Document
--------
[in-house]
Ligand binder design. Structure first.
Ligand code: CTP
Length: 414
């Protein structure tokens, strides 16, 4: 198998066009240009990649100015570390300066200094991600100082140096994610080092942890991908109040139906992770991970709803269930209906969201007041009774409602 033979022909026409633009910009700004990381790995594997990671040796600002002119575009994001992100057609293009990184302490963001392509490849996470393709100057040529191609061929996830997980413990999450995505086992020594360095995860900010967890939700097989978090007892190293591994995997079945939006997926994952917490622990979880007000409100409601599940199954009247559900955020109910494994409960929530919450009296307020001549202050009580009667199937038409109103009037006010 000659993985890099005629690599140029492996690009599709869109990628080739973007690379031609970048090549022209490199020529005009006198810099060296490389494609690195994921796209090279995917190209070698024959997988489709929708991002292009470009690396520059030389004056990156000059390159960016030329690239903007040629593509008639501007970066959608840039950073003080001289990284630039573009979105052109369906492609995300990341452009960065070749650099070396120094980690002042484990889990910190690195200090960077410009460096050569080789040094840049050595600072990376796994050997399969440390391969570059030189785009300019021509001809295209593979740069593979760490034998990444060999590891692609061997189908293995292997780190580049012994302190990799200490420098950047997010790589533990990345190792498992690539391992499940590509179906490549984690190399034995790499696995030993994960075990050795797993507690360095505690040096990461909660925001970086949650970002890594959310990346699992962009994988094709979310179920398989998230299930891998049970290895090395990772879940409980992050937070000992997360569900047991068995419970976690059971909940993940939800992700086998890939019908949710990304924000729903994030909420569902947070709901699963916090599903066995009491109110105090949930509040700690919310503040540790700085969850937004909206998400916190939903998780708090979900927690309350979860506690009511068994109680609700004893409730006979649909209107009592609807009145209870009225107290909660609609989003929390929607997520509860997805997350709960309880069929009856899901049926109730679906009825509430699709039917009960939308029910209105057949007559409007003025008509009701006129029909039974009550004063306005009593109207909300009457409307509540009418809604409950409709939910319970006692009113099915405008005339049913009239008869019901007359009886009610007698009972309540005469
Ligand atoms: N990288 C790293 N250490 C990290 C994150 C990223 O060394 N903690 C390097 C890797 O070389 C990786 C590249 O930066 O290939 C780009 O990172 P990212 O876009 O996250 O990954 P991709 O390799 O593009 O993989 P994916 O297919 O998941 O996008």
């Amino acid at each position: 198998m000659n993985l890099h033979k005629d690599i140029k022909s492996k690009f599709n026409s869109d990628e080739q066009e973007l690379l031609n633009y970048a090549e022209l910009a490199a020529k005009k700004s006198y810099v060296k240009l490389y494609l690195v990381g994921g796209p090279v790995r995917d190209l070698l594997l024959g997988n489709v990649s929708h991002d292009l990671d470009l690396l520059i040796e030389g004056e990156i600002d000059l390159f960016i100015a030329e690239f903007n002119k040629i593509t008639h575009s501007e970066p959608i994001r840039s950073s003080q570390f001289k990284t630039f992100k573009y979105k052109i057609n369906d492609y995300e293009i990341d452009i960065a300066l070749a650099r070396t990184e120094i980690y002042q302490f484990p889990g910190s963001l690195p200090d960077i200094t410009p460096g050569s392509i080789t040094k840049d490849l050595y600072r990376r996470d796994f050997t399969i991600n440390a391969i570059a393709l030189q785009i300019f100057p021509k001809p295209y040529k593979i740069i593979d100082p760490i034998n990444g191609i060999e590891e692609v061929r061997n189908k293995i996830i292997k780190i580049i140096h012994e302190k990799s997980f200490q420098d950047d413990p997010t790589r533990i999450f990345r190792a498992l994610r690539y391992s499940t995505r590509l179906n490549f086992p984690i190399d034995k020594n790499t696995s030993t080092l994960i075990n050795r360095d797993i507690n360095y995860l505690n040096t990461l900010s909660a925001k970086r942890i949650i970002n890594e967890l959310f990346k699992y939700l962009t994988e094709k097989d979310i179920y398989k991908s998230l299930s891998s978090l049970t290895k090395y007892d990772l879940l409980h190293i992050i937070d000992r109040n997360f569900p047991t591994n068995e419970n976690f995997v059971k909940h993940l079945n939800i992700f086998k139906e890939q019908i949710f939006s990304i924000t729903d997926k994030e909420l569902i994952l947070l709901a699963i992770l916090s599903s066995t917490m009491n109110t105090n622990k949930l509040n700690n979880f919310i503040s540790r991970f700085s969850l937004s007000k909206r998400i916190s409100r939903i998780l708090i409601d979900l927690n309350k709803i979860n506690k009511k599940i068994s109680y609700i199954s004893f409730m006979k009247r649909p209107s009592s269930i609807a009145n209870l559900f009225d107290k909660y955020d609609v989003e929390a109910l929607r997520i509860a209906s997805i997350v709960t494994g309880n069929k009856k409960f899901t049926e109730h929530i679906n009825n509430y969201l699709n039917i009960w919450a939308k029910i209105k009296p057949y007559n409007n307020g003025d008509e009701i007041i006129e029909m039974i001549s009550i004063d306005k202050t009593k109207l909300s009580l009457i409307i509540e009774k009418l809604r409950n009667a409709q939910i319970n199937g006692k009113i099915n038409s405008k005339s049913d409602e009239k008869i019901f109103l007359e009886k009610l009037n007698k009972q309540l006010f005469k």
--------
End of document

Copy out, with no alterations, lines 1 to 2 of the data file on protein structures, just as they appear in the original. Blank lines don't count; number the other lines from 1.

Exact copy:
[in-house]
Ligand binder design. Structure first.